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Z Chen Lab

Autoimmunity and Inflammation in Tumorigenesis and Tumor Killing

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Investigator / Contact Person Zhibin Chen


Chronic inflammatory signals have been shown for their roles in promoting progression of nascent tumors. However, it is unclear how inflammatory signals may trigger early transformative events that even precede mutagenic hits. It is the study of stomach (or gastric) cancer that has provided some of the initial evidence for a role of inflammation in oncogenesis.  Extensive studies have established Helicobacter pylori as a major environmental risk factor for stomach cancer. A few host-genetic risk factors are identified. Recent studies have showed that patients with CTLA4 haplo-insufficiency or genetically-predisposed CTLA4 insufficiency have a high risk of stomach cancer development. Although these recent data are paradoxical to the prototypical role of CTLA4 in suppressing antitumor immunity, the genetic evidence suggests new pathways of tumorigenesis and reflects the inflammatory etiology of human stomach cancer in general. We have created a murine model of CTLA4 insufficiency called CTLA4 RNAi “knockdown” (CTLA4KD) model. In the CTLA4KD model, immune dysregulation and inflammation in the stomach lead to spontaneous initiation of stomach cancer. This process is associated with aberrant inflammatory cytokine production and age-associated epigenetic dysregulation. The CTLA4KD model not only mimics stomach cancer initiation by CTLA4 insufficiency, but also captures the general feature of pathological progression in inflammation-driven cancer development. Therefore, this model can be instrumental for identifying novel interventions against cancer development in the stomach and other organs. 

On the other hand, clinical data from cancer immune therapies suggest that autoimmunity elicited from blocking immune checkpoints such as CTLA4 or PD-1/PD-L1 may contribute to the destruction of tumors. Our studies with breast cancer, insulinoma or lymphoma models suggest that autoimmunity may indeed be tackled as an effective tumor-killing mechanism. Thus, understanding the complexity and paradox in the relationship of autoimmunity, inflammation and cancer will advance the long-term goal of improving cancer immunotherapy, while minimizing the hazards of immune-mediated tissue damage and the risks of inflammatory oncogenesis, through proper monitoring and preventive interventions. In summary, our team focuses on developing novel animal models to dissect the autoimmunity implications in antitumor immunity, and use the models to tackle the mechanisms by which inflammatory signals derived from immune cells kill tumors or promote tumor initiation and progression. Along this line, we also collaborate with computational biologists to identify novel biomarkers, with a particular focus on genome-wide search of splice variants associated with diversification of cancer transcriptome and evolution of cancer cells.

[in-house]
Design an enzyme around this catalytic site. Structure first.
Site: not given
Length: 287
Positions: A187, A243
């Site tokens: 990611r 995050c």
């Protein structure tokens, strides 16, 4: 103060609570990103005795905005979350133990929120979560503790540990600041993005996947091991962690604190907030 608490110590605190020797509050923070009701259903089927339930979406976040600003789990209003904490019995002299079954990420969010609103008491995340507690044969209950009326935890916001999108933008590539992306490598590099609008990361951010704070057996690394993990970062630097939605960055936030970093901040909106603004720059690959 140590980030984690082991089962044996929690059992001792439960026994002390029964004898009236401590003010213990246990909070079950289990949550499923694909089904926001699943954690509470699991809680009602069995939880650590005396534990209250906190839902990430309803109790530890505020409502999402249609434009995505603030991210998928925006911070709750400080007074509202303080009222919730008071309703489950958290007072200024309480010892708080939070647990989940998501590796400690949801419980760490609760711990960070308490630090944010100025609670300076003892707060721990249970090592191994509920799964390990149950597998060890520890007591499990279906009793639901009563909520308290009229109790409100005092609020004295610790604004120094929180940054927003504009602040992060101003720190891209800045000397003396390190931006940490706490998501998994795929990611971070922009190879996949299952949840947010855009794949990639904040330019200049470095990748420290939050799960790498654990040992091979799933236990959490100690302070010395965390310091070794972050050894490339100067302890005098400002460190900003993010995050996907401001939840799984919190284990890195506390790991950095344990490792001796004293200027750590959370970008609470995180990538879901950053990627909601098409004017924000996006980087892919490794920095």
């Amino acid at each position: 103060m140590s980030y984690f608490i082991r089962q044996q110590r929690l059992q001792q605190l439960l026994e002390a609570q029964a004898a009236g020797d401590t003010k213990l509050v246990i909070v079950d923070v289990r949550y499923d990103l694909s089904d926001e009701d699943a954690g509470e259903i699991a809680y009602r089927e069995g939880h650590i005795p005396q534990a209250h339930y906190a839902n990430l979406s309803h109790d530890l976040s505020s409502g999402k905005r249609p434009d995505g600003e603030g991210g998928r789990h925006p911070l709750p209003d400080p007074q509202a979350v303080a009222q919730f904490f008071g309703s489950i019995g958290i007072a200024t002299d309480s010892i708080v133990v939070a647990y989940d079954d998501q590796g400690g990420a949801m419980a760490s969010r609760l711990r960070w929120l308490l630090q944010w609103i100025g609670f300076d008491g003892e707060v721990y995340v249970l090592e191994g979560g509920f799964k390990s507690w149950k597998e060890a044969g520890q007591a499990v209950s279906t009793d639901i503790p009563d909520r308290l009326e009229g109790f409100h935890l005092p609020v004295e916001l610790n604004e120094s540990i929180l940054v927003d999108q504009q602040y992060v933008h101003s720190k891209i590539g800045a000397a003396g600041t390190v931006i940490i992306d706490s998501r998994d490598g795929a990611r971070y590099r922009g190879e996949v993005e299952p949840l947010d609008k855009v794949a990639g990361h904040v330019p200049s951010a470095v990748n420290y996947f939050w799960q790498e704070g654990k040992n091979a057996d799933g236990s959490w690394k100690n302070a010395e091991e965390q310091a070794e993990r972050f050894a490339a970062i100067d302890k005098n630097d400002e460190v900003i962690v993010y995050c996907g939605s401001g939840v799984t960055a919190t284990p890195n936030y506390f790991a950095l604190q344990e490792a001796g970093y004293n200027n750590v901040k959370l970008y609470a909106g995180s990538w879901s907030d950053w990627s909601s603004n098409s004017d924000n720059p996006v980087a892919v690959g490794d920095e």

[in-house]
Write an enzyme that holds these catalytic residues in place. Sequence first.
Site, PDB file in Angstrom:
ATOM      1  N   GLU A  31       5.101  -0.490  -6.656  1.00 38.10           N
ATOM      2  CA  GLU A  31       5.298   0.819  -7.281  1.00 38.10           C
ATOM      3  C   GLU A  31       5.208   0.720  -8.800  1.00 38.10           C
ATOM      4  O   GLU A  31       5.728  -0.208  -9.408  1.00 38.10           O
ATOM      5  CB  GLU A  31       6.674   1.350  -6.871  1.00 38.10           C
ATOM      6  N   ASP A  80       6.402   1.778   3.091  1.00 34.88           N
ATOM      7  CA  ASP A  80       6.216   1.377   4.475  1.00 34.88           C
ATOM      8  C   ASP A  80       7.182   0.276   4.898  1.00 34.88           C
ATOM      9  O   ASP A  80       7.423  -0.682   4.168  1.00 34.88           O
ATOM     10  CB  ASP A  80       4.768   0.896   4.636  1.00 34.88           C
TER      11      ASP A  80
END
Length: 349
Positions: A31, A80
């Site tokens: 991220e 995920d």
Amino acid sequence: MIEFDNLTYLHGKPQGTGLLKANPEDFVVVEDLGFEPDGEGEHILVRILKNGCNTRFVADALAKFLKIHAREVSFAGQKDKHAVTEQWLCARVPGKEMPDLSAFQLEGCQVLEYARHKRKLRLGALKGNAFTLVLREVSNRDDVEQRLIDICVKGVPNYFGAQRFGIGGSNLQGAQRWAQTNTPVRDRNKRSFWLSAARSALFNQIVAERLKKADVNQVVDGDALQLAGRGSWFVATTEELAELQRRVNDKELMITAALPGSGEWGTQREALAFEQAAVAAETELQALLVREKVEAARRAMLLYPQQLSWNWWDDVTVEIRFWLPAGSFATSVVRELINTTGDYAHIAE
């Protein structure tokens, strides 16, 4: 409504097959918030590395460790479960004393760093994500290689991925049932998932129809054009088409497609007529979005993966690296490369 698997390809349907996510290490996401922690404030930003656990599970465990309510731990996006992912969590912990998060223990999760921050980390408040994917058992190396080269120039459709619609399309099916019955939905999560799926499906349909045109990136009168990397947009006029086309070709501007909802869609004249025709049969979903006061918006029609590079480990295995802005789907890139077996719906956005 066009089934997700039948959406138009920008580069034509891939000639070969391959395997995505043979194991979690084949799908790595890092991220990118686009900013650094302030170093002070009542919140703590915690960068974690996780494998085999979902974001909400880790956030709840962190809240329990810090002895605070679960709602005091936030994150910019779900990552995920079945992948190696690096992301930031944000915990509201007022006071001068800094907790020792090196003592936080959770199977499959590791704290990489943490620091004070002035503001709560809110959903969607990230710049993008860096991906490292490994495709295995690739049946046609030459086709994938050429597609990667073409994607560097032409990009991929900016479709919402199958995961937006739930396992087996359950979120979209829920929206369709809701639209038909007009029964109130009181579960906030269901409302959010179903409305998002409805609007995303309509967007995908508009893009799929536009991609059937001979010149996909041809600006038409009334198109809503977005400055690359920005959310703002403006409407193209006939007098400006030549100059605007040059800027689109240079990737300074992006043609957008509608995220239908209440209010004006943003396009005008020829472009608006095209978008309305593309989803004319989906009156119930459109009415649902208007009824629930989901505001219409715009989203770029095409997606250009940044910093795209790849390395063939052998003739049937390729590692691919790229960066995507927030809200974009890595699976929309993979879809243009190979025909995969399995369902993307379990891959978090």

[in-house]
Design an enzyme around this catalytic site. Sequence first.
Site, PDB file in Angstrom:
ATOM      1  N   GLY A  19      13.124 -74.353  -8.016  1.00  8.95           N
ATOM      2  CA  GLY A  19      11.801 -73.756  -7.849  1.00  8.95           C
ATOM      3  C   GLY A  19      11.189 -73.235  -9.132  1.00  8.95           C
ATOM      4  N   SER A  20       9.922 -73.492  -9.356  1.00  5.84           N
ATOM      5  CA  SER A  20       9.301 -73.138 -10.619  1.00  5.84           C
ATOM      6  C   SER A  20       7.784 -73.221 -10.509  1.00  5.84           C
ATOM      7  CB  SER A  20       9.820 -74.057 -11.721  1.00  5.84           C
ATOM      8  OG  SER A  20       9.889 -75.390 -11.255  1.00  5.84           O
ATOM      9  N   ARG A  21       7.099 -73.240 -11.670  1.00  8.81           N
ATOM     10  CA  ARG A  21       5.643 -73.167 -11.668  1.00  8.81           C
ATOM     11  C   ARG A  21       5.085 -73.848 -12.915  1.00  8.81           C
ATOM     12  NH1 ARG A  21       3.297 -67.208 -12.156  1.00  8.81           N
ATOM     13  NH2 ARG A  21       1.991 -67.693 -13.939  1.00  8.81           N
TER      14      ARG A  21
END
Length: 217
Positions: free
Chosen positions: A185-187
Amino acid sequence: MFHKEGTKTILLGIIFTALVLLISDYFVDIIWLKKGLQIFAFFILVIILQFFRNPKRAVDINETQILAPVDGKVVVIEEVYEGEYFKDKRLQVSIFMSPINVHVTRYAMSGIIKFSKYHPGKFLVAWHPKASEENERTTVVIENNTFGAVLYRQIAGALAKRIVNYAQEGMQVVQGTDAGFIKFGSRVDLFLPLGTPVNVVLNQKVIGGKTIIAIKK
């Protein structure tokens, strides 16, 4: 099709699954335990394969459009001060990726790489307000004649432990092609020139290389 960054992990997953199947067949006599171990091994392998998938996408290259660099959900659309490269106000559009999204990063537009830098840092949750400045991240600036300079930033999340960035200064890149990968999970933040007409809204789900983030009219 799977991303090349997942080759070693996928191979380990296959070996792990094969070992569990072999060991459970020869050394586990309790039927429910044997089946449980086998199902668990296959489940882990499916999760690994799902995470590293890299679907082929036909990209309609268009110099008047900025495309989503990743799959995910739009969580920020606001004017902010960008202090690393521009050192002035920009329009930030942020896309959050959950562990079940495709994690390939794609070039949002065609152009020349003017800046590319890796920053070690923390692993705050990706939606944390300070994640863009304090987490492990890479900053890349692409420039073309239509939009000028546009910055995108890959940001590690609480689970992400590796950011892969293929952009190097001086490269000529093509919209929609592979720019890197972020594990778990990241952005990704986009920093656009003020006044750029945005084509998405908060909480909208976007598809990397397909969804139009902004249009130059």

Selected Publications:

a. Miska J, Bas E, Devarajan P, Chen Z (2012). Autoimmunity-mediated antitumor immunity: tumor as an immunoprivileged self. Eur J Immunol. 42: 2584-2596. PMID: 22777737. 
b. Miska J, Devarajan P, Chen Z. (2013). The immunological identity of tumor: self implications. OncoImmunology. 2: e23794. PMID: 23734327.
c. Toomer KH, Chen Z (2014).  Autoimmunity as a double agent in tumor killing and cancer promotion. Front Immunol.  5:116. PMID: 24672527.
d. Wen J, Toomer KH, *Chen Z, *Cai X  (*co-senior authors) (2015). Genome-wide analysis of alternative transcripts in human breast cancer. Breast Cancer Res Treat.151:295-307. PMID: 25913416.
e. Miska J., Lui JB, Toomer KH, Devarajan P, Cai X, Houghtonm J, Lopez DM, Abreu MT, Wang G, and Chen Z (2018). Initiation of Inflammatory Tumorigenesis by CTLA4 Insufficiency Due to Type 2 Cytokines. J Exp Med. 215(3):841-858. PMID: 29374027.